strengthen the road block position, allowing Baxter to continue his fight
against the enemy in the rocks. To the
west Rodger remained inactive. Two more
Distinguished Conduct Medals were awarded to the South African Rifles for
Rifleman H. Cairnduff:
For gallantry in action. When his troop was ordered to retire from a
position enfiladed by machine-gun fire, he returned and brought in two wounded
105 Rifleman J.E. Thomas:
For gallantry in bringing the Medical Officer
to the firing line under heavy fire at close range, and under similar
conditions assisting to bring in a wounded comrade.
around 1700 hours Rodger sensed that the Germans may have gone, and he ordered
Master’s ‘BR’ Company 1KAR, his usual advance guard, to advance into the
rocks. Masters did this, finding only
dead Germans, but then for an inexplicable reason Rodger’s mountain guns
shelled the position. Whilst Masters and
his Askari took cover Hawthorne
thought that the rocks must still be occupied by the enemy, and so he dug-in to
await the next dawn. Early-morning
patrols found Rodger, who had followed-up Masters, in possession of the Pakene
rocks. The Germans had slipped away to
the north, leaving behind the 10.5-cm howitzer which had lost a wheel. The howitzer’s breech block had been removed
Iringa War Cemetary
action fought at Malangani was inconclusive but both sides paid a price. Twelve British Europeans were killed in
action or died of wounds:
Captain D.B. Mackintosh, Black Watch and 1KAR. Captain R.J.R.
Hearn, South African Rifles. 2nd
Lieutenant H. V. Petherbridge, Nyasaland
Volunteer Reserve and 1KAR. 295
Private S. Beeston, South African Rifles. 161
Private E.V. Burton,
South African Rifles. 65
Private W.K. Lynn,
South African Rifles.
695 Private E. Mills, South African Rifles.
513 Private H. Elford, South African Rifles.
616 Private E. Frost, South African Rifles.
Sergeant W.R.V. Wray, 5th Battery,
South African Mounted Rifles.
534 Bombardier A. Lammas, 5th Battery,
South African Mounted Rifles. 532
Gunner E.V. Pinnock, 5th Battery,
South African Mounted Rifles.
1KAR Askari were killed and 27 were wounded.
The 1KAR wounded officers were: Lieutenants J.I.C. May and F. Mackenzie,
(Nyasaland Volunteer Reserve), and Major C.W. Barton CMG, DSO (Northamptonshire
Regiment, Column Staff Officer).
wounded from 5th Mountain Battery were: Corporals O. Turner and M.C.
Henry; Gunners J.R. Heath, W. Fisher, O.F. Nash, F.W.E. Tothill and J.A.
At least 1 officer and 10 men
of the South African Rifles were wounded.
Germans and 6 Askari were taken prisoner;
13 Germans and 19 Askari were found
Total German casualties were
estimated to be well over 100 all ranks.
Many of the enemy dead could not be easily located for burial in the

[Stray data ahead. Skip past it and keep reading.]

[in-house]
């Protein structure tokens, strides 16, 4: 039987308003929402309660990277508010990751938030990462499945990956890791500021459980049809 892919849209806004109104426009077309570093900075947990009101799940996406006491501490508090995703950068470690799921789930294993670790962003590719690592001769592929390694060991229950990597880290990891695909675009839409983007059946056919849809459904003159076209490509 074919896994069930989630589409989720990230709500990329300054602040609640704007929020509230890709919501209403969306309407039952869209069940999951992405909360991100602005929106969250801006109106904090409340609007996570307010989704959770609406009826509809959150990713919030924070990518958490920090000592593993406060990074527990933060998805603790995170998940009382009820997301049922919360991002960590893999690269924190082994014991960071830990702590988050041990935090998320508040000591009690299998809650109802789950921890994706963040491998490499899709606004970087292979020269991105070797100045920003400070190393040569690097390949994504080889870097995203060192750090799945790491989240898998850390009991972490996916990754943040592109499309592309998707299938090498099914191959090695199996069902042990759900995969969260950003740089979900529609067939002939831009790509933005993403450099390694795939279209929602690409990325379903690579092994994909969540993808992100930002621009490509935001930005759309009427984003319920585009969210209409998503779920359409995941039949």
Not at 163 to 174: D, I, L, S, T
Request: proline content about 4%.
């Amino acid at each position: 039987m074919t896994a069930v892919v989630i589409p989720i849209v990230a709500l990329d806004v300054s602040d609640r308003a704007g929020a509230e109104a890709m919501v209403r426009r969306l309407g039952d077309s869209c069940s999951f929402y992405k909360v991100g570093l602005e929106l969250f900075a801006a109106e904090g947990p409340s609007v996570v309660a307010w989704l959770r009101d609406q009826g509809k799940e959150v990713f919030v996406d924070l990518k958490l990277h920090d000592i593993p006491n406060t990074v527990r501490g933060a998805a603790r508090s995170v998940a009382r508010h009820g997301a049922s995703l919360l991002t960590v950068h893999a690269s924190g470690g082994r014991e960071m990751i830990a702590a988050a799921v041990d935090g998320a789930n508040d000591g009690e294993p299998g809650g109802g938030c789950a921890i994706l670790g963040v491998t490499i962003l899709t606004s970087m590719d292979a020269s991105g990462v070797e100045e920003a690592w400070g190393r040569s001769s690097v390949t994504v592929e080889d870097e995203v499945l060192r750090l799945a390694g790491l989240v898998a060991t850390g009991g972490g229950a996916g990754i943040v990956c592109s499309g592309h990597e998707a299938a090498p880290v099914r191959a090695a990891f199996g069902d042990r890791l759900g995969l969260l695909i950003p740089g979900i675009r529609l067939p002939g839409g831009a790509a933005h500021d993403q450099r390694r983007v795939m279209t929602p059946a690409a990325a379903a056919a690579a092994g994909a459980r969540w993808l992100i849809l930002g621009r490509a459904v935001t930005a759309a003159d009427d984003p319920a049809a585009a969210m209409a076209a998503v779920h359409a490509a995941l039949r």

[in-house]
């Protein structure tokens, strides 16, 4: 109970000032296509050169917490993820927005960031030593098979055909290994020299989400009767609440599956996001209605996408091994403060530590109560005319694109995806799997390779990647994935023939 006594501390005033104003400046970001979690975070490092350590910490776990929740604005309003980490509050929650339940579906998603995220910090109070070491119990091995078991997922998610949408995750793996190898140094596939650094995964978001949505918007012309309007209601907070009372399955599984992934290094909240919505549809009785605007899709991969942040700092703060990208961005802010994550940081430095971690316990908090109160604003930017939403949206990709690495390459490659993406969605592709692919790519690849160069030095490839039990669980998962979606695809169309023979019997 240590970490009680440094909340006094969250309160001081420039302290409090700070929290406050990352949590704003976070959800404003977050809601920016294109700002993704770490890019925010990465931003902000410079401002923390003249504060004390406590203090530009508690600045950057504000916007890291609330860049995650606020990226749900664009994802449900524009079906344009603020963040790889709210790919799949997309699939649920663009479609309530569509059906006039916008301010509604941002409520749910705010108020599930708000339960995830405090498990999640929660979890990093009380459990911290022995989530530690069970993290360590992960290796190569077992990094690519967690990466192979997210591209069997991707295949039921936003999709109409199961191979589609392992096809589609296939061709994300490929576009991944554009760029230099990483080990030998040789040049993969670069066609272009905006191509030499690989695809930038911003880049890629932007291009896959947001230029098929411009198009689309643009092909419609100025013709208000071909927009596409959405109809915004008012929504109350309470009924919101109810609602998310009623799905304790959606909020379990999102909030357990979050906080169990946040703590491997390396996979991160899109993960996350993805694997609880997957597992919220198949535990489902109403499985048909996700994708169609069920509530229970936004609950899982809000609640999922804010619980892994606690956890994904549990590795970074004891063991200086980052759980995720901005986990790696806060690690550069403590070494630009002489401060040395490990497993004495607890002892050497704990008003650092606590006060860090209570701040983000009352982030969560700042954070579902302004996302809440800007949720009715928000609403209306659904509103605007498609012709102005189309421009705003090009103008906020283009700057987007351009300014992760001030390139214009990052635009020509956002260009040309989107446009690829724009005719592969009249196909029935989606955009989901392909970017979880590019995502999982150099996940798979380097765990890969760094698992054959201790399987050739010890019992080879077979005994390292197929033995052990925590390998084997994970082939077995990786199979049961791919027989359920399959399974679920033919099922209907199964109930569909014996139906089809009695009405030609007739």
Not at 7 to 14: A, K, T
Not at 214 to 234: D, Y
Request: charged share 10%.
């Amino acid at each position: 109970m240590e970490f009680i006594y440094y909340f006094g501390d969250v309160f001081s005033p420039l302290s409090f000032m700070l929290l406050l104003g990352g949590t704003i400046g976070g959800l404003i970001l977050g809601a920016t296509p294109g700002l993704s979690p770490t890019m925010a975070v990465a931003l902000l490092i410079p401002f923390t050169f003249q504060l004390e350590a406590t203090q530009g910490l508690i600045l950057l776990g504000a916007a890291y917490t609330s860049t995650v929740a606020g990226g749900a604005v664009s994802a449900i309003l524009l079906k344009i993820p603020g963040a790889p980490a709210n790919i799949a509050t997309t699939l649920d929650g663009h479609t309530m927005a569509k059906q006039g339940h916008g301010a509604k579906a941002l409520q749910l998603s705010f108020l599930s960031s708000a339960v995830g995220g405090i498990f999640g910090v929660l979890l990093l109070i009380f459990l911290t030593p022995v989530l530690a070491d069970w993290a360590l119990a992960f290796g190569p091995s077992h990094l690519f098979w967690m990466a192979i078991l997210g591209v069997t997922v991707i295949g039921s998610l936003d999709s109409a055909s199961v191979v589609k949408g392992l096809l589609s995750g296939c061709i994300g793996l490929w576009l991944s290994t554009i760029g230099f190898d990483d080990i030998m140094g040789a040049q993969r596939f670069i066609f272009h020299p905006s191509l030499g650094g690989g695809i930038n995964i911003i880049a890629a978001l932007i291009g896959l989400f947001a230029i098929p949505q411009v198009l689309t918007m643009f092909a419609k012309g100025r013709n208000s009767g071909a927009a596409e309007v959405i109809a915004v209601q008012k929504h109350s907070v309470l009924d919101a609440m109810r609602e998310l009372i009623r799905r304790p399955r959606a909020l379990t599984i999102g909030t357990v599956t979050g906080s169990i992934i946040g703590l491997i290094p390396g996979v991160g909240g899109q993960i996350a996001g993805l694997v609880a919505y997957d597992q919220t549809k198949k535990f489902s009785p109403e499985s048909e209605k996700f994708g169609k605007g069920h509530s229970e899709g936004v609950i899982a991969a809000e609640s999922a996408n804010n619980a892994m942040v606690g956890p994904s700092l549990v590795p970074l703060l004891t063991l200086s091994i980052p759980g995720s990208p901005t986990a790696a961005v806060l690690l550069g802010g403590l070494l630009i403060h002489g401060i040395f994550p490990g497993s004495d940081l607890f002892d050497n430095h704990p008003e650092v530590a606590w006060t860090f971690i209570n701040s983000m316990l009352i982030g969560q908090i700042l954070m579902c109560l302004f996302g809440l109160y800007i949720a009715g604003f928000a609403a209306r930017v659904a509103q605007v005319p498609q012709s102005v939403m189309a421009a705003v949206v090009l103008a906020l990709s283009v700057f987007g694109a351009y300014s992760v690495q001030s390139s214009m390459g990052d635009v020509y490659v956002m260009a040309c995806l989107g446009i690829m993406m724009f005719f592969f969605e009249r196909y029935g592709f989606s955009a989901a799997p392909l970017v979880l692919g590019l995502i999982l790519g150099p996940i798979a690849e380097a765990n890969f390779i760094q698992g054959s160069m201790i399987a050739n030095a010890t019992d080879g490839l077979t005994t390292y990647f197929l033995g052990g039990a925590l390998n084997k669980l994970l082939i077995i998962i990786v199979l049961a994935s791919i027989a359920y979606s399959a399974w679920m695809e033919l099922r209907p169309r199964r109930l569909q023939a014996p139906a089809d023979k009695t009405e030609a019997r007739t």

densely-covered and broken ground. A
stench of putrefaction remained in the area for some time.
had been the first serious experience of combat for the Union Central African
Imperial Service Contingent. A halt was
made whilst ‘Tenga Tenga’ parties evacuated the wounded and replenished all the
columns. Northey was concerned about
Hawthorn’s exposed right flank, and Masters was sent with his 1KAR ‘BR’
Company, two machine guns and four 7-pounder Muzzle-loading guns south to Njombe
to “keep the enemy (2 Field Company)
in the Lupembe area occupied”.
the Germans needed to be respected. On
the 4th August 1916 Masters unsuccessfully attacked a German
position near Lupembe that contained 250 of the Schutztruppe. Lieutenant E.G. Cooper (King’s Liverpool
Regiment and 1KAR) and 6 Askari were killed, and Masters, along with a white
Nyasaland Volunteer and 27 Askari were wounded.
Northey halted further British movement northwards and sent Hawthorn and
his column to remove the enemy from Lupembe.
After medical treatment the wounded Alexander Charles Masters returned
to the battlefield and was later awarded a Military Cross and a Distinguished
Commemoration of the dead
Europeans were buried on the spot and after the war their remains were moved to
Iringa Commonwealth War Graves
Commission Cemetery, Tanzania.
Dead Askari and ‘Tenga Tenga’ plus any
Hereros and Cape Coloured men who may have died lie in unmarked graves in the
Tanzanian bush and their names are not recorded.
Official History. Military Operations East Africa
August 1914-September 1916 compiled by Lieutenant Colonel Charles Hordern.
The King’s African Rifles by Lieutenant Colonel H. Moyse-Bartlett.
Cohort of the Tropics. A Story of the Great War in Central
Africa by Owen Letcher.
They Fought for King and Kaiser. South Africans in German
East Africa 1916 by James Ambrose Brown.
A Narrative of the Right Section, 5th Mountain Battery, South
African Mounted Riflemen by Battery Quartermaster Sergeant J.G.
Maker. (Article in the Journal of the
South African Military History Society, Volume 4 No 1.)
Account of the Part Played by The First Regiment of the King’s African Rifles
in the Conquest of German East Africa by Colonel H.P.
Cinderella’s Soldiers – the Nyasaland Volunteer Reserve by Peter Charlton.
Die Operationen in Ostafrikaby Ludwig Boell.
My Reminiscences of East Africa by General Paul Von
General Northey’s Despatch in the London Gazette dated Tuesday 25 September 1917.
Military Badges of the British Empire 1914-1918 by Reginald H.W. Cox.
The Armed Forces of South
Africa 1659-1954 by Major G. Tylden.